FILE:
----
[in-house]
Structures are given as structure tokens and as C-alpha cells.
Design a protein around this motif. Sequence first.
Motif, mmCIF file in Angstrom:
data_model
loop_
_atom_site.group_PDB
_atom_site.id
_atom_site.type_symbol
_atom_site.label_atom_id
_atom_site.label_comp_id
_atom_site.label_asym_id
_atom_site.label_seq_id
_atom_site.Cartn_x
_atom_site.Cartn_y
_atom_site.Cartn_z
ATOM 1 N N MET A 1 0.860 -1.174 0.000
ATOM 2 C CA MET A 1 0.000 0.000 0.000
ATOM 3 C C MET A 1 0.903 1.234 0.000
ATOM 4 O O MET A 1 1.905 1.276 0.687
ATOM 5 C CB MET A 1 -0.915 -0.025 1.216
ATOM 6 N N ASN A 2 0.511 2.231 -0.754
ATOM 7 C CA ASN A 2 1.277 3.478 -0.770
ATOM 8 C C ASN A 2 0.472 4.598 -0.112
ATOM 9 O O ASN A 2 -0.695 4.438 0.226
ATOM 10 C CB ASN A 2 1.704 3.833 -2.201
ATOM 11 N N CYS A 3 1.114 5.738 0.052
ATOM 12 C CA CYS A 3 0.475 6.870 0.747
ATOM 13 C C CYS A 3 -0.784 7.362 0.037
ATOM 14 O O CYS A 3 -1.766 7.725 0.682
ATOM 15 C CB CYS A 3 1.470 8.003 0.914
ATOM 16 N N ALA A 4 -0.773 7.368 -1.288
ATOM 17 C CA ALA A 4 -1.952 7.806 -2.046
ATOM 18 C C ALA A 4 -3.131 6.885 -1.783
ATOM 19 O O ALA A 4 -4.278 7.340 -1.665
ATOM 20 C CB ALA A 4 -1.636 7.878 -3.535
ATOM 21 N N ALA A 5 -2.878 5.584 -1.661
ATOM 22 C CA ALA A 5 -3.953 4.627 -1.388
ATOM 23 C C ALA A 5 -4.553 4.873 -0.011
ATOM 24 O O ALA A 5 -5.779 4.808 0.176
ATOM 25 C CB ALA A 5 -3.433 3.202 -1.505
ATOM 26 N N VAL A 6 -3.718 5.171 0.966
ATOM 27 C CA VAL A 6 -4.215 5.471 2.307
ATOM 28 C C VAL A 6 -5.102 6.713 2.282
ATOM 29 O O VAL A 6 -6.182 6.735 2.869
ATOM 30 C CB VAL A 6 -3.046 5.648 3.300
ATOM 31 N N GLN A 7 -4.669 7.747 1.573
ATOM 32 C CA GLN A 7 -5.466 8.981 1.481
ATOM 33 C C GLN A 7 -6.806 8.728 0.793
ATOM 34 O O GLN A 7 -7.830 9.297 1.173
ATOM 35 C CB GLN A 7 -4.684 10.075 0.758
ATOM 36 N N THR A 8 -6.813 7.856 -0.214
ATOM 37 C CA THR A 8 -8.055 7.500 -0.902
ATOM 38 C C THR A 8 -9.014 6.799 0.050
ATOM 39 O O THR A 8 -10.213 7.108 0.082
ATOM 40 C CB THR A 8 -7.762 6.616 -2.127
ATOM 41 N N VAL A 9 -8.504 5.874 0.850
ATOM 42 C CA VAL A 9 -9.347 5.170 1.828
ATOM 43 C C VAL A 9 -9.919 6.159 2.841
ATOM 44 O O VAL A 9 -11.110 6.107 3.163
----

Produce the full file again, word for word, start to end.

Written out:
[in-house]
Structures are given as structure tokens and as C-alpha cells.
Design a protein around this motif. Sequence first.
Motif, mmCIF file in Angstrom:
data_model
loop_
_atom_site.group_PDB
_atom_site.id
_atom_site.type_symbol
_atom_site.label_atom_id
_atom_site.label_comp_id
_atom_site.label_asym_id
_atom_site.label_seq_id
_atom_site.Cartn_x
_atom_site.Cartn_y
_atom_site.Cartn_z
ATOM 1 N N MET A 1 0.860 -1.174 0.000
ATOM 2 C CA MET A 1 0.000 0.000 0.000
ATOM 3 C C MET A 1 0.903 1.234 0.000
ATOM 4 O O MET A 1 1.905 1.276 0.687
ATOM 5 C CB MET A 1 -0.915 -0.025 1.216
ATOM 6 N N ASN A 2 0.511 2.231 -0.754
ATOM 7 C CA ASN A 2 1.277 3.478 -0.770
ATOM 8 C C ASN A 2 0.472 4.598 -0.112
ATOM 9 O O ASN A 2 -0.695 4.438 0.226
ATOM 10 C CB ASN A 2 1.704 3.833 -2.201
ATOM 11 N N CYS A 3 1.114 5.738 0.052
ATOM 12 C CA CYS A 3 0.475 6.870 0.747
ATOM 13 C C CYS A 3 -0.784 7.362 0.037
ATOM 14 O O CYS A 3 -1.766 7.725 0.682
ATOM 15 C CB CYS A 3 1.470 8.003 0.914
ATOM 16 N N ALA A 4 -0.773 7.368 -1.288
ATOM 17 C CA ALA A 4 -1.952 7.806 -2.046
ATOM 18 C C ALA A 4 -3.131 6.885 -1.783
ATOM 19 O O ALA A 4 -4.278 7.340 -1.665
ATOM 20 C CB ALA A 4 -1.636 7.878 -3.535
ATOM 21 N N ALA A 5 -2.878 5.584 -1.661
ATOM 22 C CA ALA A 5 -3.953 4.627 -1.388
ATOM 23 C C ALA A 5 -4.553 4.873 -0.011
ATOM 24 O O ALA A 5 -5.779 4.808 0.176
ATOM 25 C CB ALA A 5 -3.433 3.202 -1.505
ATOM 26 N N VAL A 6 -3.718 5.171 0.966
ATOM 27 C CA VAL A 6 -4.215 5.471 2.307
ATOM 28 C C VAL A 6 -5.102 6.713 2.282
ATOM 29 O O VAL A 6 -6.182 6.735 2.869
ATOM 30 C CB VAL A 6 -3.046 5.648 3.300
ATOM 31 N N GLN A 7 -4.669 7.747 1.573
ATOM 32 C CA GLN A 7 -5.466 8.981 1.481
ATOM 33 C C GLN A 7 -6.806 8.728 0.793
ATOM 34 O O GLN A 7 -7.830 9.297 1.173
ATOM 35 C CB GLN A 7 -4.684 10.075 0.758
ATOM 36 N N THR A 8 -6.813 7.856 -0.214
ATOM 37 C CA THR A 8 -8.055 7.500 -0.902
ATOM 38 C C THR A 8 -9.014 6.799 0.050
ATOM 39 O O THR A 8 -10.213 7.108 0.082
ATOM 40 C CB THR A 8 -7.762 6.616 -2.127
ATOM 41 N N VAL A 9 -8.504 5.874 0.850
ATOM 42 C CA VAL A 9 -9.347 5.170 1.828
ATOM 43 C C VAL A 9 -9.919 6.159 2.841
ATOM 44 O O VAL A 9 -11.110 6.107 3.163